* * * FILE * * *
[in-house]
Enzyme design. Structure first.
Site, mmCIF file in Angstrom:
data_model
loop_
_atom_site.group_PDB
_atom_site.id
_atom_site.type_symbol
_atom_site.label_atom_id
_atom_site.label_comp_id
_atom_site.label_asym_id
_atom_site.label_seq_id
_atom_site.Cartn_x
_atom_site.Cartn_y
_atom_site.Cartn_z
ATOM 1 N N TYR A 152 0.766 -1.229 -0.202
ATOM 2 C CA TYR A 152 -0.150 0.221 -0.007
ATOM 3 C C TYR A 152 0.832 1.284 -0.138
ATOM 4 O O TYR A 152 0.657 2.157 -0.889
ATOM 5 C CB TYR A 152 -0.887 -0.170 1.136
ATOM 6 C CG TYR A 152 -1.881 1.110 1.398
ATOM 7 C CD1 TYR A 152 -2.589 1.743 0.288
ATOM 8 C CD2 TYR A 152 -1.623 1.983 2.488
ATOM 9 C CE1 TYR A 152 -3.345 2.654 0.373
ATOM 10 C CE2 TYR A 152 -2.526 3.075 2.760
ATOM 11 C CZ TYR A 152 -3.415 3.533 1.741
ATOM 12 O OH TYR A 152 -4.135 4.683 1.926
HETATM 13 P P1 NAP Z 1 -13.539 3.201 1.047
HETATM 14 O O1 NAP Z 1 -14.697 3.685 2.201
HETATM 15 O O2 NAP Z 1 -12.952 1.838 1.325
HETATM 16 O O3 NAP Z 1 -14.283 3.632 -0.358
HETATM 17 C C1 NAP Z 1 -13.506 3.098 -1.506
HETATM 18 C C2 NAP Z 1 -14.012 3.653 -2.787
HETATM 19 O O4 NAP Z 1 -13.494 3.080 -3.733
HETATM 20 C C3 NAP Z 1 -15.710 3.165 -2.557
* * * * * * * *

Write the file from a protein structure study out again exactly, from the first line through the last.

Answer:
[in-house]
Enzyme design. Structure first.
Site, mmCIF file in Angstrom:
data_model
loop_
_atom_site.group_PDB
_atom_site.id
_atom_site.type_symbol
_atom_site.label_atom_id
_atom_site.label_comp_id
_atom_site.label_asym_id
_atom_site.label_seq_id
_atom_site.Cartn_x
_atom_site.Cartn_y
_atom_site.Cartn_z
ATOM 1 N N TYR A 152 0.766 -1.229 -0.202
ATOM 2 C CA TYR A 152 -0.150 0.221 -0.007
ATOM 3 C C TYR A 152 0.832 1.284 -0.138
ATOM 4 O O TYR A 152 0.657 2.157 -0.889
ATOM 5 C CB TYR A 152 -0.887 -0.170 1.136
ATOM 6 C CG TYR A 152 -1.881 1.110 1.398
ATOM 7 C CD1 TYR A 152 -2.589 1.743 0.288
ATOM 8 C CD2 TYR A 152 -1.623 1.983 2.488
ATOM 9 C CE1 TYR A 152 -3.345 2.654 0.373
ATOM 10 C CE2 TYR A 152 -2.526 3.075 2.760
ATOM 11 C CZ TYR A 152 -3.415 3.533 1.741
ATOM 12 O OH TYR A 152 -4.135 4.683 1.926
HETATM 13 P P1 NAP Z 1 -13.539 3.201 1.047
HETATM 14 O O1 NAP Z 1 -14.697 3.685 2.201
HETATM 15 O O2 NAP Z 1 -12.952 1.838 1.325
HETATM 16 O O3 NAP Z 1 -14.283 3.632 -0.358
HETATM 17 C C1 NAP Z 1 -13.506 3.098 -1.506
HETATM 18 C C2 NAP Z 1 -14.012 3.653 -2.787
HETATM 19 O O4 NAP Z 1 -13.494 3.080 -3.733
HETATM 20 C C3 NAP Z 1 -15.710 3.165 -2.557